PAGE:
This study adds to the literature on the relationship between health and social support among American Indians. Regardless, this investigation has limitations worth acknowledgement. Fist, the cross-sectional design does not allow us to determine causality between social support and health outcomes. Second, all data were self-reported, and the health variables were not verified with medical diagnosis. Further, we only examined a few health correlates in detail. A more substantive look at the relationship between each chronic condition and social support is beyond the scope of this study. Third, the data in our study do not provide information on other types or qualities of social support that may be relevant to health outcomes. As previously mentioned, our study did not examine the quality of the social support received or whether participants were satisfied with the quantity and quality of the social support. The impact of social support on health depends on the individual’s perception of the meaning of and desire for social support assistance (Hayward & Krause, 2013). High social support can have negative outcomes if it is unwanted or if it discourages individuals from taking an active role in their health (Bozo & Guarnaccia, 2010). Additionally, studies show that the source of support, for example, child vs. spouse, sibling, or professional, is an important factor in determining the benefit of both measured and perceived social support, and that the preferred source of support varies across racial and ethnic groups (Chao, 2012; Hayward & Krause, 2013; John, 1991).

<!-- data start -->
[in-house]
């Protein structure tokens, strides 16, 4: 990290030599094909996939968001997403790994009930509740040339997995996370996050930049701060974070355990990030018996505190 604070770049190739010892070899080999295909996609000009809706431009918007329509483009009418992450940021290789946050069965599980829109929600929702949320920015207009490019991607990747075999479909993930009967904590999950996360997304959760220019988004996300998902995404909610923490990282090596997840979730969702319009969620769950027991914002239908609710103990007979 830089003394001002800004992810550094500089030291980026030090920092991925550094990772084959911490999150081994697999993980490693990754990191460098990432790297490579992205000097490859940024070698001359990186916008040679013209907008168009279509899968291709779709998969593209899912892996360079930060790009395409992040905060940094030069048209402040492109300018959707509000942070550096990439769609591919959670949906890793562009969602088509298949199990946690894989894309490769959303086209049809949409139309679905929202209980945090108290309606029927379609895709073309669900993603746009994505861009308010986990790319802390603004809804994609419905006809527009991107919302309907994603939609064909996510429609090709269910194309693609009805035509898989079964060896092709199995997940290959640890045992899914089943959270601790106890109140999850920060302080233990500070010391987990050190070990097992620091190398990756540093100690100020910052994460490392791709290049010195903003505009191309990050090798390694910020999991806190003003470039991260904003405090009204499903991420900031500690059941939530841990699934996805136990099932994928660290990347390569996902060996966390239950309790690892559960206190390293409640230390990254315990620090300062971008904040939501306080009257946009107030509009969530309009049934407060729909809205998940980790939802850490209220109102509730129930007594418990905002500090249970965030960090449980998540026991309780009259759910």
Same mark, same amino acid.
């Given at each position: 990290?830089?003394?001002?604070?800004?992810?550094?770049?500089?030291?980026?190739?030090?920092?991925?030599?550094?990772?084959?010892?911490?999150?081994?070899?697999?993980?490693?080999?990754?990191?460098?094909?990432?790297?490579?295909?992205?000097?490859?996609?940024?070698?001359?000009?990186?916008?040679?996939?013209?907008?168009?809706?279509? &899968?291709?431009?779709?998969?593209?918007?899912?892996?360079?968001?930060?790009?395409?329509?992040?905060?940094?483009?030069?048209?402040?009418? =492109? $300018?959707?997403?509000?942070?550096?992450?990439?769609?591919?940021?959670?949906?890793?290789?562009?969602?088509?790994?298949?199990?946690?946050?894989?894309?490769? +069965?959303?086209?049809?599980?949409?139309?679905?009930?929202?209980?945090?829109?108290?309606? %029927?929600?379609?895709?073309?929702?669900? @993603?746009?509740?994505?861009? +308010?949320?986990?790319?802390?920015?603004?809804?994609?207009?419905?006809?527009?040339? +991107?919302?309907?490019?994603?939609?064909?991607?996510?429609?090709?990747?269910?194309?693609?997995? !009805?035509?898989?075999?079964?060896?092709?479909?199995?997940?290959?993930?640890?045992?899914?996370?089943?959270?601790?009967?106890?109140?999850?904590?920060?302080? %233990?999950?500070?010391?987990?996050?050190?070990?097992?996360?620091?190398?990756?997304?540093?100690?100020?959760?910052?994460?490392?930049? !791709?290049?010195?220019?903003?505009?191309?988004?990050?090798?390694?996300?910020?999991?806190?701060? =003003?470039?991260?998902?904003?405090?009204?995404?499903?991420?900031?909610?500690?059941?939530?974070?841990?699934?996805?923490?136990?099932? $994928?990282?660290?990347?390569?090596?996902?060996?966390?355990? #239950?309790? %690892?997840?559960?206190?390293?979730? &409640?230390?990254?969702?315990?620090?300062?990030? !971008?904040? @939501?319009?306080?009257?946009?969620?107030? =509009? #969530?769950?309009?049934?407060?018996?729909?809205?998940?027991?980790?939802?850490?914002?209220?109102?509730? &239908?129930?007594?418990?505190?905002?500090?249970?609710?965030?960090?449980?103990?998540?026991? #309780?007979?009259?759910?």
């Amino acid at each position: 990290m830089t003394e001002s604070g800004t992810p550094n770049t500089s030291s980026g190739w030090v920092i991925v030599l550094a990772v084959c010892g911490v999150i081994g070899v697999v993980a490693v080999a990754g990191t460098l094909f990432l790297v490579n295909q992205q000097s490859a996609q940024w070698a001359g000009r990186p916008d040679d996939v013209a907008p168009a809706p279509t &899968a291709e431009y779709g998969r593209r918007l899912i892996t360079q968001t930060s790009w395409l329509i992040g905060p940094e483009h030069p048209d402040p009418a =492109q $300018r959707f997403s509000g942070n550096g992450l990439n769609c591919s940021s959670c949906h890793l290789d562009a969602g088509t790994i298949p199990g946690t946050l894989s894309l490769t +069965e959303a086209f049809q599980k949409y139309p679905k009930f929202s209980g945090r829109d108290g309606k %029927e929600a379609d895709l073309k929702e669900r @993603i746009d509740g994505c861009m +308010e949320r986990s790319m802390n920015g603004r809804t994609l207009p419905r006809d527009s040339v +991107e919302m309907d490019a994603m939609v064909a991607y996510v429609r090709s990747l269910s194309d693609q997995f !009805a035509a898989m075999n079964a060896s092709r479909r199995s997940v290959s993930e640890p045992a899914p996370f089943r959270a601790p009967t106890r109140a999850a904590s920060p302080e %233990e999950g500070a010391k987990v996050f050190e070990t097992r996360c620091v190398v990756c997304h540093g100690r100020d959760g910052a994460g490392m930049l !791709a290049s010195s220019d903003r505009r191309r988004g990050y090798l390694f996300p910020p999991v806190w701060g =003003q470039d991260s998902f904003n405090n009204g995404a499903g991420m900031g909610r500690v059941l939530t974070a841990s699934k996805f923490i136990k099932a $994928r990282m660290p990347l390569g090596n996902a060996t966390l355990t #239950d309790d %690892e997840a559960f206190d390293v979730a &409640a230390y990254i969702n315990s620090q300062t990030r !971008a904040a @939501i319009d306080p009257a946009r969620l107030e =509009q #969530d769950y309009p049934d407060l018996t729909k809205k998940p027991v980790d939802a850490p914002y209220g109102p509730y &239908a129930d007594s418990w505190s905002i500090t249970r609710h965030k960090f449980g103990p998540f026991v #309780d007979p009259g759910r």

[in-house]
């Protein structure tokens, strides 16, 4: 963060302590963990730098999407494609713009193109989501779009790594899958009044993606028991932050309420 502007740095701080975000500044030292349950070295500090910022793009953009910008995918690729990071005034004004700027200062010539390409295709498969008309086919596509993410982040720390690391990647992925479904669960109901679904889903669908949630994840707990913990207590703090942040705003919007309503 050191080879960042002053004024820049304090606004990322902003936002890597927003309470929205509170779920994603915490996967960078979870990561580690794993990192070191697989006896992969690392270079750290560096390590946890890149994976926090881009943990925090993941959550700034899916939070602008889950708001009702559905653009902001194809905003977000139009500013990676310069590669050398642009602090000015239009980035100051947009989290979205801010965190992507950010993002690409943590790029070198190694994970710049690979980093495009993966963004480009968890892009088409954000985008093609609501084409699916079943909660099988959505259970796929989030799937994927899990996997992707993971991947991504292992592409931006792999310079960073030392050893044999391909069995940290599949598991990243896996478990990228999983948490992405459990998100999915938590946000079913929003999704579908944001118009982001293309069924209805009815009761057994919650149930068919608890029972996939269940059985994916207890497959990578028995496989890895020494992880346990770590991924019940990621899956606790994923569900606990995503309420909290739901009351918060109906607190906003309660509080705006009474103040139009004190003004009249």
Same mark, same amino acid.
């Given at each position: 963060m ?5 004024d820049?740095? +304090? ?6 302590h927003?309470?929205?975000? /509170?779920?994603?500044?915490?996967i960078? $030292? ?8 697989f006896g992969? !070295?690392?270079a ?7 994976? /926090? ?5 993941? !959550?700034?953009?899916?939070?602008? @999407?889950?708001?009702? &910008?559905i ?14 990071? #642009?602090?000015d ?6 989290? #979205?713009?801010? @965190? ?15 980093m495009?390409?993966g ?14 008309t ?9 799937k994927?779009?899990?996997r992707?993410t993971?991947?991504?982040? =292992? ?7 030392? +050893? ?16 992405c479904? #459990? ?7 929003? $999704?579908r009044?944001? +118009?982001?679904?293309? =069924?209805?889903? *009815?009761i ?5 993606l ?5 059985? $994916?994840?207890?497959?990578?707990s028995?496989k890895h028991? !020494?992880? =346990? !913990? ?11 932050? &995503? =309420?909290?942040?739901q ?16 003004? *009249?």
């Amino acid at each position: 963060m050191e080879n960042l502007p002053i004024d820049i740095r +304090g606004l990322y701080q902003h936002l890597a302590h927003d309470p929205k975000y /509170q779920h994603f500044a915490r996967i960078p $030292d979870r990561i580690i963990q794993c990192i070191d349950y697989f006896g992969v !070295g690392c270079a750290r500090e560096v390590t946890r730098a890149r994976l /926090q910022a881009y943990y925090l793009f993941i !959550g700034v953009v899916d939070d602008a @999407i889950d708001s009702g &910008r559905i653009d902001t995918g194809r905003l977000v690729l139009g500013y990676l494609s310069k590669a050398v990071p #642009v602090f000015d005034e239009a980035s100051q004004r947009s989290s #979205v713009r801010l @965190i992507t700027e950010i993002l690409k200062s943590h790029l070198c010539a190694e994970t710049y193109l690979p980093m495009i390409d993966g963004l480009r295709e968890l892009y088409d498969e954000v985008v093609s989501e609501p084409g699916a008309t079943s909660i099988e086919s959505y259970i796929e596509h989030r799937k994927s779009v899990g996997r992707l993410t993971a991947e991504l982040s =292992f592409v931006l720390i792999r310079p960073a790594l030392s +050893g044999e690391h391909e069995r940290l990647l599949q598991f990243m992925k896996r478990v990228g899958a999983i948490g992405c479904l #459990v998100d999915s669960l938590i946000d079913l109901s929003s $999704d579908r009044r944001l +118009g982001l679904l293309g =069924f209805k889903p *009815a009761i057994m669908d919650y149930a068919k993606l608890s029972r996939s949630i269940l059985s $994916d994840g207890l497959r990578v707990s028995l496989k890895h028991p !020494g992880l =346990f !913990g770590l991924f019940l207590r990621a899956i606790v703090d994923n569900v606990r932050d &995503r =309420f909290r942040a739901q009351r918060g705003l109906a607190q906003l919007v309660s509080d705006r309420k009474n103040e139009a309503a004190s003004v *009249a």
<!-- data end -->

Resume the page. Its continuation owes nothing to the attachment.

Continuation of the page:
Qualitative studies are needed to examine the perception, quality, and role that social support plays in tribal communities. Such studies can provide a more rich and nuanced understanding of how social support impacts health and how cultural values shape and support social support systems. There exists great variability in cultural beliefs and health status between tribes and among American Indians; as such, our findings should not be generalized to other American Indian communities without caution because we only sampled from one tribe. Future research should include other tribal communities as well as urban-dwelling American Indians.